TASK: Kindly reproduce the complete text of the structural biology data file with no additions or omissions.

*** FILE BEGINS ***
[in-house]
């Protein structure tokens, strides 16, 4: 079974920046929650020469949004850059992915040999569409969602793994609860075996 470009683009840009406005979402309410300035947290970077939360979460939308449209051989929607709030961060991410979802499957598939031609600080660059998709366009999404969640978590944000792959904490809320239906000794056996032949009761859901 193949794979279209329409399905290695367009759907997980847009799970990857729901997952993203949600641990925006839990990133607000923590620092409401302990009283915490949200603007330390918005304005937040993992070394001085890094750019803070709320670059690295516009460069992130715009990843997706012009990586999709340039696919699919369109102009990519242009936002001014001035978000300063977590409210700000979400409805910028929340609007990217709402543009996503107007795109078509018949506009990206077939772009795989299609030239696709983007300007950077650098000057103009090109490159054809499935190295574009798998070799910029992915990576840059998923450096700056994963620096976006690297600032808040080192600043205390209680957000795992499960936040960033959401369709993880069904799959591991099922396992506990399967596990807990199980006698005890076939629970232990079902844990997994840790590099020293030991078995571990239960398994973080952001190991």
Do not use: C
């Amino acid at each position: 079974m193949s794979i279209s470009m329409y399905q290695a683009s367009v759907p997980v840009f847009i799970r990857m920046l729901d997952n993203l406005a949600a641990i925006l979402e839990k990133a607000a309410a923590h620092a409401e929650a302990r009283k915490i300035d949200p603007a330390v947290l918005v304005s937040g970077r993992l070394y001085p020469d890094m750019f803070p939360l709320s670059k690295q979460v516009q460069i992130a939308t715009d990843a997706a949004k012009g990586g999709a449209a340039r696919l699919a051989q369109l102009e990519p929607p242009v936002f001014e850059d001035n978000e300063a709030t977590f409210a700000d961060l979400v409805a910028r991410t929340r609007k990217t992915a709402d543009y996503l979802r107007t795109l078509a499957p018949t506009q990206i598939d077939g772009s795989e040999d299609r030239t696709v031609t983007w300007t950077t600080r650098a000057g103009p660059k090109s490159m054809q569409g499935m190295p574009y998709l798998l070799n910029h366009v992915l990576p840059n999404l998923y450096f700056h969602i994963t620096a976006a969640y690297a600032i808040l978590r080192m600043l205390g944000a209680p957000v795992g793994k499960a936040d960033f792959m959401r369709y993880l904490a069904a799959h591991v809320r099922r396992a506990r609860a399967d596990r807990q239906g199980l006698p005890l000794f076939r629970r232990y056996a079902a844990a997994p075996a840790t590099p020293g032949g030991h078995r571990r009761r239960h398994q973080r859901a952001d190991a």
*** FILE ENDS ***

[in-house]
């Protein structure tokens, strides 16, 4: 079974920046929650020469949004850059992915040999569409969602793994609860075996 470009683009840009406005979402309410300035947290970077939360979460939308449209051989929607709030961060991410979802499957598939031609600080660059998709366009999404969640978590944000792959904490809320239906000794056996032949009761859901 193949794979279209329409399905290695367009759907997980847009799970990857729901997952993203949600641990925006839990990133607000923590620092409401302990009283915490949200603007330390918005304005937040993992070394001085890094750019803070709320670059690295516009460069992130715009990843997706012009990586999709340039696919699919369109102009990519242009936002001014001035978000300063977590409210700000979400409805910028929340609007990217709402543009996503107007795109078509018949506009990206077939772009795989299609030239696709983007300007950077650098000057103009090109490159054809499935190295574009798998070799910029992915990576840059998923450096700056994963620096976006690297600032808040080192600043205390209680957000795992499960936040960033959401369709993880069904799959591991099922396992506990399967596990807990199980006698005890076939629970232990079902844990997994840790590099020293030991078995571990239960398994973080952001190991």
Do not use: C
């Amino acid at each position: 079974m193949s794979i279209s470009m329409y399905q290695a683009s367009v759907p997980v840009f847009i799970r990857m920046l729901d997952n993203l406005a949600a641990i925006l979402e839990k990133a607000a309410a923590h620092a409401e929650a302990r009283k915490i300035d949200p603007a330390v947290l918005v304005s937040g970077r993992l070394y001085p020469d890094m750019f803070p939360l709320s670059k690295q979460v516009q460069i992130a939308t715009d990843a997706a949004k012009g990586g999709a449209a340039r696919l699919a051989q369109l102009e990519p929607p242009v936002f001014e850059d001035n978000e300063a709030t977590f409210a700000d961060l979400v409805a910028r991410t929340r609007k990217t992915a709402d543009y996503l979802r107007t795109l078509a499957p018949t506009q990206i598939d077939g772009s795989e040999d299609r030239t696709v031609t983007w300007t950077t600080r650098a000057g103009p660059k090109s490159m054809q569409g499935m190295p574009y998709l798998l070799n910029h366009v992915l990576p840059n999404l998923y450096f700056h969602i994963t620096a976006a969640y690297a600032i808040l978590r080192m600043l205390g944000a209680p957000v795992g793994k499960a936040d960033f792959m959401r369709y993880l904490a069904a799959h591991v809320r099922r396992a506990r609860a399967d596990r807990q239906g199980l006698p005890l000794f076939r629970r232990y056996a079902a844990a997994p075996a840790t590099p020293g032949g030991h078995r571990r009761r239960h398994q973080r859901a952001d190991a």